3:56:00 PM
Here is my official position since many of my followers ask and this is a lot to write every time in response to the question. I think that anyone that is interested in the Tattler product should purchase one box to try for their own experience. I hope to answer some of the questions with this post. Getting the one box is a smaller investment and everyone seems to have a different outcome based on the comments and information I have received.

First, I do have concerns on a MFP level that the current comments have said not to "finger tighten" the lids until the jars are completely processed and on your dishtowel cooling. It's contradictory to experienced processing in that the seal occurs naturally by the evacuation of the air during the water bath or pressure canning. If you are tighten after the processing you are forcing the seal around the edge but not necessarily evacuating the air. The USDA says that when you take them out of the canner and the lids are not tight NOT to tighten them. 
Also additional questions about the obviousness of a seal going bad; does the rigid plastic lid have some ability to bend or bulge

For processing questions: How do you get them out of the hot water since they are not magnetic? Do they have a tool? or don’t they need to be boiled to sterilize?  I also know that over time, some say approximately three processings, you will still have to purchase new rubber rings. 

From my personal experience in canning this is not something that I would invest in because of the amount of jars that I give away and would anticipate no matter how much I begged that I wouldn't get half back. I also think that the people that I help on my page and at classes are so money conscience that they would have to be convinced that this was a superior product and that jars would not fail since many do canning for their families to survive.

The most important reason for me is the fact that they don’t ping when they are actually sealed.  I would miss that and at times, but not always, count on that for safety in my classes!

I feel that the current upside of Tattler is being a BPA free lid and is one of the biggest draws for many. Now that Jarden, the makers of Ball and Kerr lids, have also released their BPA lids I think that we are back to the cost savings long term of the re-useable lid. 

Finally, Laurie from Common Sense Homesteading, did a great write up on the comparison of Jarden vs. Tattler. The excerpt below is another "con" for me. I think that you will enjoy and be enlightened hopefully by her post.

From Common Sense Homesteading: http://www.commonsensehome.com/comparison-of-jarden-and-tattler-lids/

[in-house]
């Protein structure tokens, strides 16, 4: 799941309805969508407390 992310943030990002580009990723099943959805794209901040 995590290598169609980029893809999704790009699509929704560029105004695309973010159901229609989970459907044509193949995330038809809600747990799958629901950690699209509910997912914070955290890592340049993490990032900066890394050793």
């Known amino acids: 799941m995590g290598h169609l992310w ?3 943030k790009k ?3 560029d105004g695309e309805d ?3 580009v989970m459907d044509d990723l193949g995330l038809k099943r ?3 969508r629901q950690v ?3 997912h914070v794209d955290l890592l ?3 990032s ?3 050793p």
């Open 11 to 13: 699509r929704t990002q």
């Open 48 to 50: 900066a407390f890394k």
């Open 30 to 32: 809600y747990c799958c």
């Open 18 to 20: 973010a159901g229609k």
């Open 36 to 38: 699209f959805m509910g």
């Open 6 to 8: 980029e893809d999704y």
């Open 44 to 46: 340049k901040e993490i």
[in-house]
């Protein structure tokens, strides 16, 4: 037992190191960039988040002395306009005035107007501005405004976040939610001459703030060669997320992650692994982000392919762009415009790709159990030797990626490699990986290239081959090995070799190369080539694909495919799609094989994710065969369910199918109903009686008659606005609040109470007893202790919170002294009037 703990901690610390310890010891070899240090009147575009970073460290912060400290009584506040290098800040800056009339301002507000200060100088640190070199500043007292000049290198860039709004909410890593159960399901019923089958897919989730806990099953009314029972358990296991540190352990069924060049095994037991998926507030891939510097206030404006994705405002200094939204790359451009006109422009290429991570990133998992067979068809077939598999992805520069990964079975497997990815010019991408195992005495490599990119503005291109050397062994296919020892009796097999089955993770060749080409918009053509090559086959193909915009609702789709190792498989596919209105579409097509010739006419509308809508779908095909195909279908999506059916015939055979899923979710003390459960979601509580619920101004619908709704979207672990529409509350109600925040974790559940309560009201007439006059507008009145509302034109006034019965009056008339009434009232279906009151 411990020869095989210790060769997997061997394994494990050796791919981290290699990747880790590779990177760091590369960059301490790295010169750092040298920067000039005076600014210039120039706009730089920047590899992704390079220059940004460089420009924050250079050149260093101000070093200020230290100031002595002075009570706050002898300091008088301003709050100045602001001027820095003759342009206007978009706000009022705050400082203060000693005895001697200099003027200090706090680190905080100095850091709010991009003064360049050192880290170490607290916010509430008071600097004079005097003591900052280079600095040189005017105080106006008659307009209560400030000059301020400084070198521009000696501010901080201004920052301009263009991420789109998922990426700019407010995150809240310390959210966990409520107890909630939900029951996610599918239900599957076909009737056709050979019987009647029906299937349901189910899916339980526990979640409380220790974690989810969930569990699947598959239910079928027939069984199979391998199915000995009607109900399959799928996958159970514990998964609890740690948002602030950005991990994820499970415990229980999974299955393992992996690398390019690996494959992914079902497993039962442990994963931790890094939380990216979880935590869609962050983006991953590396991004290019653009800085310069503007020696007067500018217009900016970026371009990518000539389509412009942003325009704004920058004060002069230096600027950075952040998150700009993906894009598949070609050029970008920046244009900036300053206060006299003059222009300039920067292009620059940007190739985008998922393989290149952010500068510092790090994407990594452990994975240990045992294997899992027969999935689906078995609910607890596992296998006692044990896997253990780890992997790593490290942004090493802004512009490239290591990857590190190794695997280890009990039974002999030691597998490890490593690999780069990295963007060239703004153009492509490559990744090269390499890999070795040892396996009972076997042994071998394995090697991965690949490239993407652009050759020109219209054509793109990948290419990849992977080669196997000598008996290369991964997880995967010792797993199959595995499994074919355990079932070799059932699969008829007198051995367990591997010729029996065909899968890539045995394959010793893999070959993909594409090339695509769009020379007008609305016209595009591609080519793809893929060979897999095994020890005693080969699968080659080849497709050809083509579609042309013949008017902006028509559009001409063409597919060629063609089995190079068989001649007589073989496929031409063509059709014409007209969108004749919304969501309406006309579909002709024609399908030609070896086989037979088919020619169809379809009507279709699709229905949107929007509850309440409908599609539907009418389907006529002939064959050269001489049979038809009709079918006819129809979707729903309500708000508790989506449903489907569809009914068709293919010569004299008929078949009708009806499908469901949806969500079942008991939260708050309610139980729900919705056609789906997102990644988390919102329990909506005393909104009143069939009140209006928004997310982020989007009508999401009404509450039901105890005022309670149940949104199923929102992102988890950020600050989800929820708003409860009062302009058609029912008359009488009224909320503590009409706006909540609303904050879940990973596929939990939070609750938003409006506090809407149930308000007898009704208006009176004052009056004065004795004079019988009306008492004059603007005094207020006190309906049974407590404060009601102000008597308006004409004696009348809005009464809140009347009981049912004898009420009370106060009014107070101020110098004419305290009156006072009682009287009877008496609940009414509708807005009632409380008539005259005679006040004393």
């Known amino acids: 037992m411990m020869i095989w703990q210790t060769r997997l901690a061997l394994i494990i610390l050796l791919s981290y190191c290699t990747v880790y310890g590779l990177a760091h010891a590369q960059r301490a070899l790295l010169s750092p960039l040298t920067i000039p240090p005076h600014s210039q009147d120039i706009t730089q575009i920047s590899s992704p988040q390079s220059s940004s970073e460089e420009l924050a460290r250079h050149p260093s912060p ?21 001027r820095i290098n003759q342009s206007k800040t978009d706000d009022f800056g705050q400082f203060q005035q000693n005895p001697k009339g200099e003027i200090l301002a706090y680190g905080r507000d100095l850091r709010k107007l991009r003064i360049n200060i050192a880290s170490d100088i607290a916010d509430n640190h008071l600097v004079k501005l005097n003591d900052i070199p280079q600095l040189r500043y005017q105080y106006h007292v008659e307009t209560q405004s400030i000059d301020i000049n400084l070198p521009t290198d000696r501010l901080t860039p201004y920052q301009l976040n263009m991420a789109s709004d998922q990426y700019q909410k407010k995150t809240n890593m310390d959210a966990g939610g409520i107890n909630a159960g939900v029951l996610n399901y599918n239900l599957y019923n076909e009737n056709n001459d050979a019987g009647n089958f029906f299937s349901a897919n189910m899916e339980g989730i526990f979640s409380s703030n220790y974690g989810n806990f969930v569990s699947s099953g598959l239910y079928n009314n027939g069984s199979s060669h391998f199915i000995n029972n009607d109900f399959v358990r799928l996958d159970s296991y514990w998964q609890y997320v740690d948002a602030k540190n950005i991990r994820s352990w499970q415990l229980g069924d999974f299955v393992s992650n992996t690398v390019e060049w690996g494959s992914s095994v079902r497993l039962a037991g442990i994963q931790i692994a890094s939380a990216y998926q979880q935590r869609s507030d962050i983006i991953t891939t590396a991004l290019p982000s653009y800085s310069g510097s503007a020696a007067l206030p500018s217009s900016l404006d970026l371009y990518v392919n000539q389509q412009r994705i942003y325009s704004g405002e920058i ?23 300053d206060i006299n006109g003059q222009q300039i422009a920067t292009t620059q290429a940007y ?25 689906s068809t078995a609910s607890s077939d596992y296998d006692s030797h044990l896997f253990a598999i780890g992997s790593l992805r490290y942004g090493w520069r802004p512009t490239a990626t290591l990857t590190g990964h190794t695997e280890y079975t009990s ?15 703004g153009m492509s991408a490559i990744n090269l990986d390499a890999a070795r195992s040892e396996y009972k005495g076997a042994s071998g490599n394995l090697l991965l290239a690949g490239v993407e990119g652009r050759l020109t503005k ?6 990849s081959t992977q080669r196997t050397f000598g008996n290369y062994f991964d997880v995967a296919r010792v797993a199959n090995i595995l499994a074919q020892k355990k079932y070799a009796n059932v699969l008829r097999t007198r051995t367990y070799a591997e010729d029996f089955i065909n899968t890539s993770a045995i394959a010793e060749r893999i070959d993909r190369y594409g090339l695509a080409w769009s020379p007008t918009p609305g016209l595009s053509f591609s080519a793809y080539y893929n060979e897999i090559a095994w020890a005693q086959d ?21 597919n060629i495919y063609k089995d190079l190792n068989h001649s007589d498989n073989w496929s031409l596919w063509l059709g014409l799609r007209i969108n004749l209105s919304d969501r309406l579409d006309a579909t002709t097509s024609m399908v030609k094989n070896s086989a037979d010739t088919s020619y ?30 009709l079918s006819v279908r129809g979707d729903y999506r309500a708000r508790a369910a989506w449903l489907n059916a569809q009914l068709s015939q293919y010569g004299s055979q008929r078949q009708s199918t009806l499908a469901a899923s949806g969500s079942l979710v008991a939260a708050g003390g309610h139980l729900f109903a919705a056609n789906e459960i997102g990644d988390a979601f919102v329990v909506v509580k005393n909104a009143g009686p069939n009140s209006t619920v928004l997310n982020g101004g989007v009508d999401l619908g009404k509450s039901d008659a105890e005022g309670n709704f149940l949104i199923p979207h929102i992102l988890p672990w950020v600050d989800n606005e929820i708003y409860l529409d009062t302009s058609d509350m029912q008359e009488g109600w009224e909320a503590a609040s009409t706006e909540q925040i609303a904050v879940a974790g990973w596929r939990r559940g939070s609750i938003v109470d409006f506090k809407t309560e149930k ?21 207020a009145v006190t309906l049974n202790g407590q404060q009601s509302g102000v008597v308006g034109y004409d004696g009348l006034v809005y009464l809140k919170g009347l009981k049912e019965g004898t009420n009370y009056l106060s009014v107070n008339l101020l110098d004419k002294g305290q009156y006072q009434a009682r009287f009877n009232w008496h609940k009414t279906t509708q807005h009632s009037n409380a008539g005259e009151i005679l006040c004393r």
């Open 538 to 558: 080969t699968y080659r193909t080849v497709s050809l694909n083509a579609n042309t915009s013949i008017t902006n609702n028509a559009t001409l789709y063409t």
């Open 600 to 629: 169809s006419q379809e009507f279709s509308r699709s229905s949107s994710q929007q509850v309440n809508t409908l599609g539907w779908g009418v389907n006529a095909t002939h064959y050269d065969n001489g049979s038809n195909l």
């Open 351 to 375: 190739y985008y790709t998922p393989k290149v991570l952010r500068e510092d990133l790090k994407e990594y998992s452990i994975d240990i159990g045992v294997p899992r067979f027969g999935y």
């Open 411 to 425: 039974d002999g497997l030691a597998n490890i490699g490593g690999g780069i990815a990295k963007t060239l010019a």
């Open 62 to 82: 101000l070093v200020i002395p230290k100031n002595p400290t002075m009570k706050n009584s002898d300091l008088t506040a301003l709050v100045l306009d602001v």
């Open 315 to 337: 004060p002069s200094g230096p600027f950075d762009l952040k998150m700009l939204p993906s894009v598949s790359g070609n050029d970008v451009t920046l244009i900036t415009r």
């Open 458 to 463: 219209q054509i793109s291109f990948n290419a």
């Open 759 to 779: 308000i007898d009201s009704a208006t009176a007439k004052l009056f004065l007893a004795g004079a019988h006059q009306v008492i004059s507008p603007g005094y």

How much free (unbonded) formaldehyde is typically found in the plastic of the lids (if this has been tested).

From the Tattler website:
Many questions have been asked about the existence of formaldehyde in Acetal Copolymer.  While it is true formaldehyde is present in trace amounts, research proves it is only released at very high temperatures, well above any temperatures found in home food canning.  Here are the facts.
Heating our brand of acetal copolymer above 460 degrees F (238 C) should be avoided.  At these temperatures, formaldehyde, a colorless and irritating gas that can be harmful in high concentrations, is generated.
*Note:  When I originally posted about uncombined formaldehyde in the Tattler lids after reading The Natural Canning Resource Book in this post, it prompted a visit by Brad Stieg of Tattler, who shared the above information from the Tattler site.
Here is my concern:
When you have two ingredients going into a chemical reaction, A+ B=C. Unless the amounts of A and B equal exactly, down to the molecule, some of A or B will be left in the final product. Those “leftovers” are what could shed into your food with normal canning use – not the A and B that have already been converted to C.   Risks should be minimal to the home canner, as the food within the jar is not in constant contact with the lid, but they do exist.  I know many people are trying to reduce their use of plastic, or have immune systems that are already compromised, so I felt this was relevant.
Further, even if exposure levels to the consumer are low, those who work in the plants where these products are manufactured have much higher exposure rates, with accompanying health risks. For instance, here’s a formaldehyde toxicity study – http://oehha.ca.gov/air/chronic_rels/pdf/50000.pdf
“The binding of formaldehyde to endogenous proteins creates haptens that can elicit an immune response. Chronic exposure to formaldehyde has been associated with immunological hypersensitivity as measured by elevated circulating IgG and IgE autoantibodies to human serum albumin (Thrasher et al., 1987). In addition, a decrease in the proportion of T-cells was observed, indicating altered immunity. Thrasher et al. (1990) later found that long-term exposure to formaldehyde was associated with autoantibodies, immune activation, and formaldehyde-albumin adducts in patients occupationally exposed, or residents of mobile homes or of homes containing particleboard sub-flooring. The authors suggest that the hypersensitivity induced by formaldehyde may account for a mechanism for asthma and other health complaints associated with formaldehyde exposure.”
Among the occupations listed in the study were “chemical workers”. It doesn’t say specifically say that the people in the study were in any way responsible for your lids, only that they worked in the chemical industry and were exposed to formaldehyde.

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